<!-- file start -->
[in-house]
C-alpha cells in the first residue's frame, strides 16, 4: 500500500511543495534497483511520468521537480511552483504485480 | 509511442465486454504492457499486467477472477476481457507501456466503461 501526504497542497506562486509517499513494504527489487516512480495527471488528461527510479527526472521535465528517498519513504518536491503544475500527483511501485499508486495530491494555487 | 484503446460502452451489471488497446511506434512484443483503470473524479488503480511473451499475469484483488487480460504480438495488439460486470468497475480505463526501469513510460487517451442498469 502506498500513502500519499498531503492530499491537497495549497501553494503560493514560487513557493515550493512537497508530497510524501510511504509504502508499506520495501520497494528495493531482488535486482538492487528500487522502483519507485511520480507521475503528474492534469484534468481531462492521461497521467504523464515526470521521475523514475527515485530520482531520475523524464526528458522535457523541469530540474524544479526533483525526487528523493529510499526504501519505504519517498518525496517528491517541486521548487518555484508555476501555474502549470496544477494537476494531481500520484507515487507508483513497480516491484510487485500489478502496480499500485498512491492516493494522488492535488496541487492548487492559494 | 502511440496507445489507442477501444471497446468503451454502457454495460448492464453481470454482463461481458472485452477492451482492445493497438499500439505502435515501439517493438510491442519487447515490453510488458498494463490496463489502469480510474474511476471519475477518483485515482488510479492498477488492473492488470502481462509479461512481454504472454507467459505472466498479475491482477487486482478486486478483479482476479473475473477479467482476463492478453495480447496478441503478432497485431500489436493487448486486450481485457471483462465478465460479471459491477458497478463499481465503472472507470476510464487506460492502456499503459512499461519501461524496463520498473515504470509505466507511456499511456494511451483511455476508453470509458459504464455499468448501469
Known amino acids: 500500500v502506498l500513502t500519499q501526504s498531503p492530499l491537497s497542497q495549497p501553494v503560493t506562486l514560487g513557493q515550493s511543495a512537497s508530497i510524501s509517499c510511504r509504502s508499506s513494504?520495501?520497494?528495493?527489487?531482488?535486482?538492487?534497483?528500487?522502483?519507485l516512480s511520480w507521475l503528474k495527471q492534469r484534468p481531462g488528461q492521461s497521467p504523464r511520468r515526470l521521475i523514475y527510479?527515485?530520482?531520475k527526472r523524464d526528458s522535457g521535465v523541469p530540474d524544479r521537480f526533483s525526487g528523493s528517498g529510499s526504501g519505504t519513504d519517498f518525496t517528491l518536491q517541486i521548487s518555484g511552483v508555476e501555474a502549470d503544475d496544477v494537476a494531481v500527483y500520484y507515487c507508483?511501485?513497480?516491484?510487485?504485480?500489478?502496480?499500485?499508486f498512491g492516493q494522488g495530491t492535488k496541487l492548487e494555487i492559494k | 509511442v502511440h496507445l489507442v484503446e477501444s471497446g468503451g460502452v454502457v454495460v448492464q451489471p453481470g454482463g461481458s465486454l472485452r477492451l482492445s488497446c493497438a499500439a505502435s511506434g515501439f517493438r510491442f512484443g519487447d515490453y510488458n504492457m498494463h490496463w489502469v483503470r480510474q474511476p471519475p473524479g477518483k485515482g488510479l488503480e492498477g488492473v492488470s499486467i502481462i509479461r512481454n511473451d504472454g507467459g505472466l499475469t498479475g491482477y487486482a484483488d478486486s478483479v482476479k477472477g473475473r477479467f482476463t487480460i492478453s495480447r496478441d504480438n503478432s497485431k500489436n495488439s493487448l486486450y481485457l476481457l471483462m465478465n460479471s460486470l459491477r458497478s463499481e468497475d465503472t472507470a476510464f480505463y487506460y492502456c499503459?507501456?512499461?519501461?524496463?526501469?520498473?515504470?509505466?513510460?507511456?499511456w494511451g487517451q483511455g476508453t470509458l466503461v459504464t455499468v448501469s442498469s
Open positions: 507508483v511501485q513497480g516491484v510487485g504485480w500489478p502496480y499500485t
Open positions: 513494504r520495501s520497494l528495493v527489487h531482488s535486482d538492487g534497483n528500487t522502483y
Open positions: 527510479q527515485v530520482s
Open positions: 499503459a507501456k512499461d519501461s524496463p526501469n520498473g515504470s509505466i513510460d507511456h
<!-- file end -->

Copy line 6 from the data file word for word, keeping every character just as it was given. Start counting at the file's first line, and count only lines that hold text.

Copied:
Open positions: 527510479q527515485v530520482s